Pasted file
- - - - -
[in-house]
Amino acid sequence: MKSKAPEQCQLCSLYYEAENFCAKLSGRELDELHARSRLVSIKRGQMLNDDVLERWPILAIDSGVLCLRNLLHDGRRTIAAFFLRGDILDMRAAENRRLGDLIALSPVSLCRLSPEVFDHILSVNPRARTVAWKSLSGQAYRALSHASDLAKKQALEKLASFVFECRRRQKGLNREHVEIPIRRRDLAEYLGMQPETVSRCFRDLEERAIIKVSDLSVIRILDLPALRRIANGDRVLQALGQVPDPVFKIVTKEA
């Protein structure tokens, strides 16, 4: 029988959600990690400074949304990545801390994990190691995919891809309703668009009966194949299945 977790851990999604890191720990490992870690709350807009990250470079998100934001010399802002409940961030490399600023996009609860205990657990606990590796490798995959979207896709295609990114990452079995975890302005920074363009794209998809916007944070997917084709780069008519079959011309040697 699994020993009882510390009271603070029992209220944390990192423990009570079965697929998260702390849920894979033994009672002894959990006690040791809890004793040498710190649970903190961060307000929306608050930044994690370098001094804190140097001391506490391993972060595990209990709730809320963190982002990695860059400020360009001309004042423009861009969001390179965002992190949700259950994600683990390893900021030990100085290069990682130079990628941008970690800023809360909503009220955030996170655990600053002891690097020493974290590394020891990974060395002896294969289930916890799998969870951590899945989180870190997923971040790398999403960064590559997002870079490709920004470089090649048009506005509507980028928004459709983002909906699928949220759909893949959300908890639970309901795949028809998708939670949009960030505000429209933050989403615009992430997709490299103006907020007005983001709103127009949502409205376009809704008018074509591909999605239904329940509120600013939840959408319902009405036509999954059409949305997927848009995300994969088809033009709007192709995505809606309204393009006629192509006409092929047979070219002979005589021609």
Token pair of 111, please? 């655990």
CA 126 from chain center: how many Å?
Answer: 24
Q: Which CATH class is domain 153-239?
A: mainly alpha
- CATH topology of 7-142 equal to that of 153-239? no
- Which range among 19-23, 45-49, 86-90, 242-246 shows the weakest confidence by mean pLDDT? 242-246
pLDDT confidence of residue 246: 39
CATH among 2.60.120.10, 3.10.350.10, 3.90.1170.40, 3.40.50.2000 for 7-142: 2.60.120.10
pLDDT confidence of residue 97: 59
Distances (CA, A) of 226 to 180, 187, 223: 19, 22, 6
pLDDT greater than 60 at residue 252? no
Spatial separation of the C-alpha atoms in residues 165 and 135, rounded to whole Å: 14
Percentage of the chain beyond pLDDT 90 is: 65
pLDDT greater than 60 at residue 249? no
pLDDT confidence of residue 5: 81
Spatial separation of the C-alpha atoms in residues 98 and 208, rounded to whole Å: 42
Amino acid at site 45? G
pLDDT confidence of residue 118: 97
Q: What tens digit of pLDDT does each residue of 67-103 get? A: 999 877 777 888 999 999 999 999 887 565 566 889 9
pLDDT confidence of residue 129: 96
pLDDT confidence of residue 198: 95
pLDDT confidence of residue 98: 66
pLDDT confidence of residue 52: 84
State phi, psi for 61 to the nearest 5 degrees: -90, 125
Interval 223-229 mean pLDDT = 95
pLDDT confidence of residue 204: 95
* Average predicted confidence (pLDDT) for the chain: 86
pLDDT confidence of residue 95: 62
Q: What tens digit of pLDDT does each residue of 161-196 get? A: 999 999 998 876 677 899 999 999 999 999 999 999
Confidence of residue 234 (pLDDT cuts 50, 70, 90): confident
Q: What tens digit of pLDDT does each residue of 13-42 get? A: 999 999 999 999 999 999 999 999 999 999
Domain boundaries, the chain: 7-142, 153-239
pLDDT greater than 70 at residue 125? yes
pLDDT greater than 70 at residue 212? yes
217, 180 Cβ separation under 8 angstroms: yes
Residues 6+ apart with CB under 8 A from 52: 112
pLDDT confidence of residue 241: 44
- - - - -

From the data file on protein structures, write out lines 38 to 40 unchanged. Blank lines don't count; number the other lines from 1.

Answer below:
pLDDT greater than 70 at residue 212? yes
217, 180 Cβ separation under 8 angstroms: yes
Residues 6+ apart with CB under 8 A from 52: 112